This topic was not extensively discussed but should be mentioned in the context of diagnosis. Indeed, recent studies are now showing hierarchical organization of tau and amyloid deposits in the cerebral cortex of the elderly brain. These deposits generally display well-defined hierarchical cortical relationships as well as overlaps between the principal clusters of both pathologic alterations in the heteromodal association regions, representing systematic, large-scale mechanisms of early AD pathology (Sepulcre et al. 2017). [18F]AV1451, used to label tau tangles in frontotemporal dementia, with the V337M MAPT mutation, showed a significant correlation between the degree of regional MRI brain atrophy and the extent of binding in the proband (Spina et al. 2017). It should be noted that [18F]AV1451 interacts also with neuromelanin in the midbrain, and may therefore be a measure of the pigmented dopaminergic neuronal count in the substantia nigra (Hansen et al. 2016). Furthermore, a difference was noted for [18F]AV1451 imaging results in AD and PSP and a cautionary note was added regarding potential off-target labelling (Passamonti et al. 2017). Imaging with [18F]THK5317 (tau deposition) and [18F]FDG (glucose metabolism) highlighted the heterogeneous propagation of tau pathology among patients with symptomatic AD, in contrast to the homogeneous changes seen in glucose metabolism, which better tracked clinical progression (Chiotis et al. 2017). However, high levels of [18F]THK5351 retention in brain regions thought to contain negligible concentrations of tau paired helical filaments raise questions about the interpretation of the positron emission tomography (PET) signals, particularly given interactions between quinolone derivatives, as with [18F]THK5317 and monoamine oxidase B (MAO-B). Thus, the interpretation of [18F]THK5351 PET images, with respect to tau, is confounded by the high MAO-B availability across the entire brain (Ng et al. 2017), paving the path to future studies.

Recommendation

improved tau imaging markers are required to standardize the methodology and apply it to clinical use, with new generation tracers such as Merck’s MK-6240 (Walji et al. 2016) or Piramal’s PI-2620 (presented at the AD/PD meeting, 2017, http://www.acimmune.com/content/images/ADPD%202017%20_PI2620_Seibyl_final.pdf).

Cerebrospinal Fluid (CSF) Sampling with Emphasis on Tau Fragments, Blood Tests and Genetic Evaluations for Sporadic Cases:

Tau measured in CSF is an established biomarker for AD; increased CSF concentrations of total tau (T-tau) are thought to reflect neurodegeneration whereas highly phosphorylated tau (P-tau) is believed to reflect tangle pathology. Importantly, despite the observation that primary tauopathies present severe neurodegeneration and tau pathology, CSF T-tau and P-tau show no clear change (Masters et al. 2015).This may be due to the fact that current tau immunoassays are based on antibodies binding to the mid region of tau and may miss pathogenic tau due to truncation or masking during oligomer/aggregate formation. Recent studies suggest that CSF tau consists of several protein fragments (Meredith et al. 2013, Barthelemy et al. 2016), and metabolic processing of tau into N-, mid and C-terminal fragments may also be key for secretion, aggregation and spreading pathology of tau, and may differ between the tauopathies (see below). Furthermore, the potential of tau oligomers or cis-tau variants (Kondo et al. 2015) as specific biomarkers for tauopathies has not been explored. Levels of tau oligomers have been shown to rise in both the CSF (Sengupta et al. 2017) and plasma (Kolarova et al. 2017) of patients with AD compared to healthy controls.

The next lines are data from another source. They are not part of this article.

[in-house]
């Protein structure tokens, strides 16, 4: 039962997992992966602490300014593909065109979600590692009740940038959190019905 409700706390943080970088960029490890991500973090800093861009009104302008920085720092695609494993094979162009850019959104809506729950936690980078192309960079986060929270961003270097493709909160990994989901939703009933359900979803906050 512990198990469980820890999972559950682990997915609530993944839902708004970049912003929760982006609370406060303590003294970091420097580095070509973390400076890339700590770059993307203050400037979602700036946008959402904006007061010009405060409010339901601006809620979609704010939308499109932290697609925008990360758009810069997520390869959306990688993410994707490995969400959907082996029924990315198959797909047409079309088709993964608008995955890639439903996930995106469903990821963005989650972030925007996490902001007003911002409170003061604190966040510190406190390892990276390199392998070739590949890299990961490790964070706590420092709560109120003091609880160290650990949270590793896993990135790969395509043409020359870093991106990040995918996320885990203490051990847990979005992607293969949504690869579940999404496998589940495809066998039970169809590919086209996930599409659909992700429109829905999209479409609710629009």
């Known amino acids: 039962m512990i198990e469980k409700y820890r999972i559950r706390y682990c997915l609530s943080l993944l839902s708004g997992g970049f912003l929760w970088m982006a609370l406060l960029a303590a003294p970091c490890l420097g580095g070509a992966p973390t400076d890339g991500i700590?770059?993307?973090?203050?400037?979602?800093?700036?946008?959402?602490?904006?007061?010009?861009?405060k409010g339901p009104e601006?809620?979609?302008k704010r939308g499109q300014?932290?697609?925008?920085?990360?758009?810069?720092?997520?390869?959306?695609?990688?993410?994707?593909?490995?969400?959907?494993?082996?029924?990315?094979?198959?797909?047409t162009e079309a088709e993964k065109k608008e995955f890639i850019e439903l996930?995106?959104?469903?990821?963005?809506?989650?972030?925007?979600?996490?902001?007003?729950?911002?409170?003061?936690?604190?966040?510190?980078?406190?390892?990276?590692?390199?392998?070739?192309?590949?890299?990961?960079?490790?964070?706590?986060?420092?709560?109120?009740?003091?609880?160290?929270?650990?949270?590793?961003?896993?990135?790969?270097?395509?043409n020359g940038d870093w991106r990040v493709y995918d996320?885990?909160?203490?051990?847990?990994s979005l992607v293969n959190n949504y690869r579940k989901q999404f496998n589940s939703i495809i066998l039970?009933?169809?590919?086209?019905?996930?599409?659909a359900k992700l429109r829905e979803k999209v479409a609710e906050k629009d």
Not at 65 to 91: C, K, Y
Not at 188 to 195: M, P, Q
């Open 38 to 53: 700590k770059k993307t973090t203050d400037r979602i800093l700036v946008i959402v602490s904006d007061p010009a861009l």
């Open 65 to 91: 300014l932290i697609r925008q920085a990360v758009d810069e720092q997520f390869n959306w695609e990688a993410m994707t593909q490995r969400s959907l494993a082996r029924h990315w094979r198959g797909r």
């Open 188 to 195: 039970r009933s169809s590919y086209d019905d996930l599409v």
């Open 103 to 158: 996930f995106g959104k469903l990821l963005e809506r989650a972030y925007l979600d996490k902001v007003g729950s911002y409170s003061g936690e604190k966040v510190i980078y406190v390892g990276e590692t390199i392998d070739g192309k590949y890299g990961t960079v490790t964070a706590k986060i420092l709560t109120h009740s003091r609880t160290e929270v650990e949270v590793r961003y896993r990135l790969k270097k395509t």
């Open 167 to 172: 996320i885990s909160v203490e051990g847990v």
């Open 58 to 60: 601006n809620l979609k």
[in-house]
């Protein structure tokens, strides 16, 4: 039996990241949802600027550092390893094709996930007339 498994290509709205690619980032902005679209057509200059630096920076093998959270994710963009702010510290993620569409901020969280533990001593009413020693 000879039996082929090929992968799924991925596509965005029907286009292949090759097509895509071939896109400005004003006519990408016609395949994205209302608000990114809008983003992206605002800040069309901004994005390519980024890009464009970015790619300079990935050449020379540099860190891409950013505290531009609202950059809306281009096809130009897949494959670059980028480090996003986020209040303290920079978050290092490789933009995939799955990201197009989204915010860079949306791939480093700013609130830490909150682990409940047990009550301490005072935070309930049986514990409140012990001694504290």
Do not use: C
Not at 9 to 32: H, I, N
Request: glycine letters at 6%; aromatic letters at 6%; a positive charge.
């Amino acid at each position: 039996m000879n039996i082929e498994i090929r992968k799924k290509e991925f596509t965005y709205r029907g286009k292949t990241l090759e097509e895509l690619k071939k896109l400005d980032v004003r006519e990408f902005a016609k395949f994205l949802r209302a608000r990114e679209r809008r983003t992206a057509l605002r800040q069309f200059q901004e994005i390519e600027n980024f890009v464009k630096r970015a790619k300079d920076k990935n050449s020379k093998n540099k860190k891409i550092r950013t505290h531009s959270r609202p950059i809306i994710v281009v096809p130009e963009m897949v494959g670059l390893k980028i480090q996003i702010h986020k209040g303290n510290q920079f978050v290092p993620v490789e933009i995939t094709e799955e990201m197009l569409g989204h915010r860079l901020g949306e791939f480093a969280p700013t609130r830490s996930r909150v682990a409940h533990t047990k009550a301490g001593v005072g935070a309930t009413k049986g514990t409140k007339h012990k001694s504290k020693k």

Recent data suggest that tau is actively secreted into the extracellular space and total tau along with tau fragments have been identified in the interstitial fluid (ISF) (Yanamandra et al. 2017). This suggests that some tau fragments may be actively secreted presenting a potential to give additive biomarker information. In this respect, proteolysis of tau is mediated by a range of different proteases, some of which break down the tertiary paper clip like structure of tau (Wang and Mandelkow 2015) resulting in exacerbated tau aggregation (Sokolow et al. 2015). The resulting proteolytic fragments have different characteristics dependent on the site of cleavage within tau and also depending on the inclusion of the microtubule-binding domain (Yin and Kuret 2006), (Wray et al. 2008, Matsumoto et al. 2015). One CTF, termed tau35 (Arai et al. 2004; Wray et al. 2008), that is specific to CBD and PSP, induced cognitive deficits when expressed at low levels in the Tau35 mouse, which could be reversed with sodium-4-phenylbutyrate treatment (Bondulich et al. 2016). Notably, sodium 4-phenylbutyrate is a well-known histone deacetylase inhibitor and chromatin modification through histone acetylation is a molecular pathway involved in the regulation of transcription underlying memory storage. Another transgenic mouse expressing tau151-391 developed hyperphosphorylated and aggregated tau species, deficits in locomotor activity, and had a reduced lifespan (Zimova et al. 2016). Recently, a study characterizing tau CTFs in 12 cortical samples from both control and late Braak stage AD, led to the identification of 21 novel tau fragments (Derisbourg et al. 2015).